Corrective Plans Seoul is spell-checking signposts for English errors with free Apple Watches

The SMG opened the online campaign Thursday and invited people to submit photos of such signs. Included are those at subway stations, bus stops and tourist destinations among others.

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Signage on the Seoul metro. play

Signage on the Seoul metro.

(Christopher Rose / Flickr)
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The Seoul Metropolitan Government (SMG) has launched another campaign to remove street signs that contain English language errors.

The SMG opened the online campaign Thursday and invited people to submit photos of such signs. Included are those at subway stations, bus stops and tourist destinations among others.

Anyone residing in Seoul can send pictures of the signs to visitseoul1@seoul.go.kr until Oct. 24, and the city government will award prizes including Apple watches and gift certificates to a selected few.

"It is for the convenience of foreigners who visit the city," an SMG official said.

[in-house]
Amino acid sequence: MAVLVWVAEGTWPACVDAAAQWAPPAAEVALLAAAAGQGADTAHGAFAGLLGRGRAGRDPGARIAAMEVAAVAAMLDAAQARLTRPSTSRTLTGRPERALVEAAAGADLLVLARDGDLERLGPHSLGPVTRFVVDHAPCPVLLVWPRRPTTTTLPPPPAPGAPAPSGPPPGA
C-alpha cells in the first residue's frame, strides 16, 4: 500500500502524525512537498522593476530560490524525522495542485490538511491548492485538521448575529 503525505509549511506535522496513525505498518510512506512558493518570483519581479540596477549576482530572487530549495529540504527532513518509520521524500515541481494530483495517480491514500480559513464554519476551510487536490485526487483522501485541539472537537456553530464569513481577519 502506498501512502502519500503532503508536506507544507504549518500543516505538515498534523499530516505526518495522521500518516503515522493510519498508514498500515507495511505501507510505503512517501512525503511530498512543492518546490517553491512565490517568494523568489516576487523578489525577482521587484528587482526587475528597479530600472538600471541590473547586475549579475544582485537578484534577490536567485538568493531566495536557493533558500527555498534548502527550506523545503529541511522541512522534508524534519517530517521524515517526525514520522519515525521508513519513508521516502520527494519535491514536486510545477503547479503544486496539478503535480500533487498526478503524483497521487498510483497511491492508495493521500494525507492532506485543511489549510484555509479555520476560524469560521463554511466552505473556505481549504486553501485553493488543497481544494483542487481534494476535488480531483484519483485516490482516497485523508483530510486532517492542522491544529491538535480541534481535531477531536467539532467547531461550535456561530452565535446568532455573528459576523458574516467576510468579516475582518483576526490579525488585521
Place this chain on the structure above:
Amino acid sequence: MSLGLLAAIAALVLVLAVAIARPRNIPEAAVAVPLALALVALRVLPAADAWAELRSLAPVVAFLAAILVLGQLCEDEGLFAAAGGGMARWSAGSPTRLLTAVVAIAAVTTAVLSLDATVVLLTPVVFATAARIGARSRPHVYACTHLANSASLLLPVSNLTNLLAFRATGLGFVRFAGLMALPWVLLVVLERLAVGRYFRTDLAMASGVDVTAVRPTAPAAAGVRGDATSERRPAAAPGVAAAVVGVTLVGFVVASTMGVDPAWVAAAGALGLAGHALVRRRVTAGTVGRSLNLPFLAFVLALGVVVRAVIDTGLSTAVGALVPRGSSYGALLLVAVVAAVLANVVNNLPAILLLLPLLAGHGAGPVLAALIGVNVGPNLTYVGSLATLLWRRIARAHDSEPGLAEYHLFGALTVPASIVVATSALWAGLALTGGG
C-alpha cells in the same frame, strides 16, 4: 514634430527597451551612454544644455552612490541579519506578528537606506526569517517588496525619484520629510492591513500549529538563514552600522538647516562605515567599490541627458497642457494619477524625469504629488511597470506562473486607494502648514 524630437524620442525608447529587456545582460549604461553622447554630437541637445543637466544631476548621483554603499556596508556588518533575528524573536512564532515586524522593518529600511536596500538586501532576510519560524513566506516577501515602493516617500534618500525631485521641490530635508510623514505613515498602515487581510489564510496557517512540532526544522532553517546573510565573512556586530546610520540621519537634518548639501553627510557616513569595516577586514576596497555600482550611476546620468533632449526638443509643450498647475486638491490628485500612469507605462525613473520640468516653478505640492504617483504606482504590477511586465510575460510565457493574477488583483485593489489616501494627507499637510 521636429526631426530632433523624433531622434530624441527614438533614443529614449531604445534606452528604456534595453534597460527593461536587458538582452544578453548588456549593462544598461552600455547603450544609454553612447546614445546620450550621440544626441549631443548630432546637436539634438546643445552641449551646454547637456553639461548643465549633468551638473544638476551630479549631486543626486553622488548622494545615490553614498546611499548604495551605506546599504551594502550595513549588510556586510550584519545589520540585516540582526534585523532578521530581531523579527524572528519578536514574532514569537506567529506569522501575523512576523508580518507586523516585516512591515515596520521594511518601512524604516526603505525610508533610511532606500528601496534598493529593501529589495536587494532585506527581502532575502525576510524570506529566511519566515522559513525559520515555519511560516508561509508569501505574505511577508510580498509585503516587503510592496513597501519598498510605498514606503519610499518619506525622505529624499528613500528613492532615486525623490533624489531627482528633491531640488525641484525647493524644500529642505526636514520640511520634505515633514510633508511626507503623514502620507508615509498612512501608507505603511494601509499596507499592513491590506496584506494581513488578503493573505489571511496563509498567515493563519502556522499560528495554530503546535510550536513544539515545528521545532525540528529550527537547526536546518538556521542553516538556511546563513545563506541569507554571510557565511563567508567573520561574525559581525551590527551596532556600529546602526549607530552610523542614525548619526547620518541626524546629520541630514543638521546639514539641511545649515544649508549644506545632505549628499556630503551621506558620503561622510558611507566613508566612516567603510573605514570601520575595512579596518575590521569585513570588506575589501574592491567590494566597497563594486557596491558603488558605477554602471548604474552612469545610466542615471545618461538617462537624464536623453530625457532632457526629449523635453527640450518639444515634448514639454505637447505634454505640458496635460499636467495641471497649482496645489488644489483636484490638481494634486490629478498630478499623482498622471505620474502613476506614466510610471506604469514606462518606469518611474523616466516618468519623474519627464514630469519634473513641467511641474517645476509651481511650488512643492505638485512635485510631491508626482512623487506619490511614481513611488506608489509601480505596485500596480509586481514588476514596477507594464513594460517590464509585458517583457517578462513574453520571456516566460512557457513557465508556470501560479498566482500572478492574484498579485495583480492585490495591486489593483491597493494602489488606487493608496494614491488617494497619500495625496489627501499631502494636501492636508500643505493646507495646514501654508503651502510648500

This campaign is the second of its kind following the first one last year when the SMG changed 86 signs.

"Through this campaign, I hope foreign visitors will feel more at ease while traveling in the city," the official said.

The most common mistakes involve Romanization, translation and spelling, according to the official.

For example, Seoul Namsan Traditional Theater in Chungmuro, central Seoul, is written as "Seoul Namsan Gukakdang" on a sign nearby. Gukakdang is a Korean word for theater for Korean classical music. "Many foreigners have no idea what gukakdang means," he said.

One sign in Gwanghwamun had an "i" missing in the word "university."

The city runs an online archive, dictionary.seoul.go.kr, where people can learn about English translations of most of the names used in Seoul. Those who submit a sign with a spelling error can check the website first.

However, despite citizens' reports, the SMG cannot change traffic signs hung near or above roads and highways on its own, as they are managed by the central government.

"Those signs are under supervision of the Ministry of Land, Infrastructure and Transportation. If people submit the photos of those signs to us, we will send the collected information to the ministry," the official said, adding there needs to be more coordination between the central and local governments in managing the signs.

The city will consider having a campaign for Japanese and Chinese signs as well because of the large number of visitors from the two countries.

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